Cloud Computing in Independent Schools

It's true, the network does seem to get the blame for many things! 

But if technology providers are to be believed, all our woes will soon be over, thanks to the advent of the “Cloud”. 

This is a subject I get asked about a lot when I visit schools, so I wanted to put pen to paper to try and clarify what it's all about, as I know there is a great deal of confusion. 

Interested in finding out more about ICT in schools? Take a look at our FREE White Paper to discover more >> 

Download The Education White Paper Cloud computing is a huge subject, but at its simplest it delivers software & data to any internet connected device; from datacentres owned by a service provider. Data will be synchronised across all devices that a user may use to connect and changes are immediately applied giving a “fully mobile” experience. Assuming you have the right level of internet connectivity, the experience will be almost indistinguishable from a traditional system – and of course it matters not if you lose or break the device because there’s nothing really stored on it that cannot be accessed from somewhere else. 

Before I get bombarded by emails from the true experts among you, I realise this is a gross simplification. However I think it summarises nicely the key aspects of a cloud environment for an independent school.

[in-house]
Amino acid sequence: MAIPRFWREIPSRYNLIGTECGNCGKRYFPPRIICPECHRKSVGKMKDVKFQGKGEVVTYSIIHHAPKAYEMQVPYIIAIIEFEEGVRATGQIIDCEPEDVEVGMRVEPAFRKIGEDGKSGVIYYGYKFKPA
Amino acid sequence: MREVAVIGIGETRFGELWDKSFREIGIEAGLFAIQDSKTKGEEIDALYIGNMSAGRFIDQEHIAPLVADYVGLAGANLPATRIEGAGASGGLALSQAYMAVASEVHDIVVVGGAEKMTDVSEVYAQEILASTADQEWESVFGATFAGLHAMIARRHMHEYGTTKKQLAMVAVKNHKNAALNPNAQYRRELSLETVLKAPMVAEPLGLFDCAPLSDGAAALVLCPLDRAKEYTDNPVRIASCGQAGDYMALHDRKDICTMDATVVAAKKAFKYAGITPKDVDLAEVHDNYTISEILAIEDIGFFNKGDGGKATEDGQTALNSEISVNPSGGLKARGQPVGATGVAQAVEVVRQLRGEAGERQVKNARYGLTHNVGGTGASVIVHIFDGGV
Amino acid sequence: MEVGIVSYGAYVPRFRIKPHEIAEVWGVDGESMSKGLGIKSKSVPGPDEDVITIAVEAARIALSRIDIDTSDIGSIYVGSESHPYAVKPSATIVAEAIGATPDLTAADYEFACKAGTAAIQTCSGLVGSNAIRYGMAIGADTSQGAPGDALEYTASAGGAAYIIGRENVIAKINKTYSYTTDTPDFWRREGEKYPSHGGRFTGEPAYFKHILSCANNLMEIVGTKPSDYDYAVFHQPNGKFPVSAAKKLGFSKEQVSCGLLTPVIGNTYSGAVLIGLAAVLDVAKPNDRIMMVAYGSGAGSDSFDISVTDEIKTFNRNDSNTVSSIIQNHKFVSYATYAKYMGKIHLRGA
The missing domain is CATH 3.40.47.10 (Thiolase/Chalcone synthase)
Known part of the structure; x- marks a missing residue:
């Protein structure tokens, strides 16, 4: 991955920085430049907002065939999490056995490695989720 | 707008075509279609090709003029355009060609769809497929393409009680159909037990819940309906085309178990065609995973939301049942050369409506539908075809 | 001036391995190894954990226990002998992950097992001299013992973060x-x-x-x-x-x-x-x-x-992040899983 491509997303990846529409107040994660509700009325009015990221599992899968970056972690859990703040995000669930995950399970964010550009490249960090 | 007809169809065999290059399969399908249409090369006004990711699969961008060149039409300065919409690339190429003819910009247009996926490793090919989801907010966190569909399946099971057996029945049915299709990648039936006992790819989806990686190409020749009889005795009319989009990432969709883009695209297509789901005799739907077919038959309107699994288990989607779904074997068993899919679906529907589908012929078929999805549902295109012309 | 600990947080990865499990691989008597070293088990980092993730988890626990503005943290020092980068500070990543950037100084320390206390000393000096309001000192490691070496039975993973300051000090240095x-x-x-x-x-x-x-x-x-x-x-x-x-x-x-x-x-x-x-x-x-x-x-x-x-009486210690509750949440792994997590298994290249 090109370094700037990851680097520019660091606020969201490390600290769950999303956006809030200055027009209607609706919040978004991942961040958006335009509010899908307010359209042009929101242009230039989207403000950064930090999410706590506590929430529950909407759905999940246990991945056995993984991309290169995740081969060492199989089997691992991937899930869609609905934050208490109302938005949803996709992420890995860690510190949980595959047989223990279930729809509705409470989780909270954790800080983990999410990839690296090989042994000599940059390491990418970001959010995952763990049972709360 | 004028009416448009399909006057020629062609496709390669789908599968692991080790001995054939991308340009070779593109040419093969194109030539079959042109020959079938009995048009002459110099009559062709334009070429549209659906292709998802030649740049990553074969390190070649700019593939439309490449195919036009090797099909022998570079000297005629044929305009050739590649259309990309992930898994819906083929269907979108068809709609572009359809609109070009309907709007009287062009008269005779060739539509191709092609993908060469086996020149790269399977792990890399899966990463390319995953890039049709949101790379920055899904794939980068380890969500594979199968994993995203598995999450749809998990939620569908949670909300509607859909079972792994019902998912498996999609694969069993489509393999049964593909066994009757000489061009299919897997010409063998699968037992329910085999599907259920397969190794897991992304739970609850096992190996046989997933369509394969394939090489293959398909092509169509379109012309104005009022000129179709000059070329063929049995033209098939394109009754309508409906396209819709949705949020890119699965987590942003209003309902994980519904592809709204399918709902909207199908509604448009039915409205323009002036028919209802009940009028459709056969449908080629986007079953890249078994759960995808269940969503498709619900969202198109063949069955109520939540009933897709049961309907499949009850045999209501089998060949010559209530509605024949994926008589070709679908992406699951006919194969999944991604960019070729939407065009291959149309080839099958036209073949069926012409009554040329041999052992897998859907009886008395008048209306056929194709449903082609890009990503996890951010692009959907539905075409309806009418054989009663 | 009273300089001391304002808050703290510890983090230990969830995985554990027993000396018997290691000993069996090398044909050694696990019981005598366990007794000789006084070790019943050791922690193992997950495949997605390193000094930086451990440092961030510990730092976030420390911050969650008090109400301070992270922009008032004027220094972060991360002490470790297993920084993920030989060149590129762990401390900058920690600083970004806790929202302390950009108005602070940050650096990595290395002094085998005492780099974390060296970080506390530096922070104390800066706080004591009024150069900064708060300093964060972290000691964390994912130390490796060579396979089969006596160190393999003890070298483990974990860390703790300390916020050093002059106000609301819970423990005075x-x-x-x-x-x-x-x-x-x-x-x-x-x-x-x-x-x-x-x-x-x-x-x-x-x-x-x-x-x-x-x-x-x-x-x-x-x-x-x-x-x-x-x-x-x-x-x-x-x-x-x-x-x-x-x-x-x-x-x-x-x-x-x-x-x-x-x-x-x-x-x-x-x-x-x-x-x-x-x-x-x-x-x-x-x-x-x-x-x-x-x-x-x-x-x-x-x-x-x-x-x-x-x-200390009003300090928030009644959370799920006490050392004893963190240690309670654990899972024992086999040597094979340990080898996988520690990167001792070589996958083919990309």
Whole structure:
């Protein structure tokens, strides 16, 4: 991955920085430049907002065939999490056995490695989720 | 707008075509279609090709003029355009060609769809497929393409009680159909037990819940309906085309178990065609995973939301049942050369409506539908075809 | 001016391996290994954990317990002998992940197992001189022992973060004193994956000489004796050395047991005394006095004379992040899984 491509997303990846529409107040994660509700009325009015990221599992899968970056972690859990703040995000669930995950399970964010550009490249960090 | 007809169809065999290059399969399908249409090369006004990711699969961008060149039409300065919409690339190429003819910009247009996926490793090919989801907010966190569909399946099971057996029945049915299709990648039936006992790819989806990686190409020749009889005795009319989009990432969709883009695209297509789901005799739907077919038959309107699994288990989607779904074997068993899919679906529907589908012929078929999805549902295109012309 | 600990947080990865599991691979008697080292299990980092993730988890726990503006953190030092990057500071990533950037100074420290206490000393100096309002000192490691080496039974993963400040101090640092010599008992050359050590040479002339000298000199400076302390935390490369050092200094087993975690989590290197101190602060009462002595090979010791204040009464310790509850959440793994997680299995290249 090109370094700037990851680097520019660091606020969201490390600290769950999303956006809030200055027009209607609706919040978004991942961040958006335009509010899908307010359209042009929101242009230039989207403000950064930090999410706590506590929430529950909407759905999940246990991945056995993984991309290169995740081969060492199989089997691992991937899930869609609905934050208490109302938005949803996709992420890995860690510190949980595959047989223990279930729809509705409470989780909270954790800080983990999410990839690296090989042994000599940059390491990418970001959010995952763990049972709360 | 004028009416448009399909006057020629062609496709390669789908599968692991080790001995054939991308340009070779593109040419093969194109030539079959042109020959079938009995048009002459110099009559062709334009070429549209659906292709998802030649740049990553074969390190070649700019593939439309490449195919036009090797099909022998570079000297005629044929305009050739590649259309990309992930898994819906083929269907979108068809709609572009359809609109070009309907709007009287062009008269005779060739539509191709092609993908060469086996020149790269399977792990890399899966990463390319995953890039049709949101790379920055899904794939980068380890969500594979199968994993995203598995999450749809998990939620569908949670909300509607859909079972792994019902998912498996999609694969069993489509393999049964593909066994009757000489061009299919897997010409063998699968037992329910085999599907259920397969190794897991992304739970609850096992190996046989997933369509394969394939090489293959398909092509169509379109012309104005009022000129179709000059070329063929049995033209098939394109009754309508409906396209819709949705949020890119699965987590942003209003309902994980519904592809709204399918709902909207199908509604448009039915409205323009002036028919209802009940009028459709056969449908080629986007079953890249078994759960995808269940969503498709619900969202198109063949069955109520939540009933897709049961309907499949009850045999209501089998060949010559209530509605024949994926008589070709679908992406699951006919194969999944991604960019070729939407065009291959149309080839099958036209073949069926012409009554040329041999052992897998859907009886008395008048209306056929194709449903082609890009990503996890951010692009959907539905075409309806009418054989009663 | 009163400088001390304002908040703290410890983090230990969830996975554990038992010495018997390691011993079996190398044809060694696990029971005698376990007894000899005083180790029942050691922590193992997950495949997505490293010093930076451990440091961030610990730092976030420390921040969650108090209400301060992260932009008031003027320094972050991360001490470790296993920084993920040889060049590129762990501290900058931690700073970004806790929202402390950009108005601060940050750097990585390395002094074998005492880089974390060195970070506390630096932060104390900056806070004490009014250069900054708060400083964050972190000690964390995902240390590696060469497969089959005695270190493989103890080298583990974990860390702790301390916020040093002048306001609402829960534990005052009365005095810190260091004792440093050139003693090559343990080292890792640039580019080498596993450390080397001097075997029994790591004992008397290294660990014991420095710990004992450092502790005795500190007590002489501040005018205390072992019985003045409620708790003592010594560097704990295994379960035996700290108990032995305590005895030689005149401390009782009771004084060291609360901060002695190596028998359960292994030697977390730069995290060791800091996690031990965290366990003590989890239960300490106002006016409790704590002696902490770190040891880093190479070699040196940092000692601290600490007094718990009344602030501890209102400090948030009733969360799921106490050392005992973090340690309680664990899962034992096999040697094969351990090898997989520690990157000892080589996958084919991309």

The benefits of this kind of arrangement include: 

• Systems can generally be accessed from anywhere, using any device. This facilitates remote working, easy sharing of data and Bring Your Own Device (BYOD). 

• The hardware, software and security of the cloud system is maintained and managed by the service provider, removing a huge burden of work, worry and cost from the school. 

• Remote storage of the data makes disaster recovery and resilience much simpler to achieve. Backup almost ceases to matter – although you have to be careful of the geography of your cloud partner (on which, more later). 

• Such systems tend to be licensed on a "per user, per month" basis, thereby removing large CapEx spends on replacement server equipment and making costly disk and SAN upgrades a thing of the past. 

There are however a number of different types of cloud and it is very important that schools understand the differences between them and the benefits and risks associated with each before making any decision to migrate to the cloud. 

Public Cloud 

With public cloud, the provider stores data in a network of computers, which potentially may be located anywhere in the world, with server use and storage pooled among clients. This model reaps huge economies of scale for the providers, and as such they are able to offer comparatively low monthly subscription costs. Well-known examples of public cloud would include Microsoft Office 365 and Google Apps for Education (GAFE). 

Private Cloud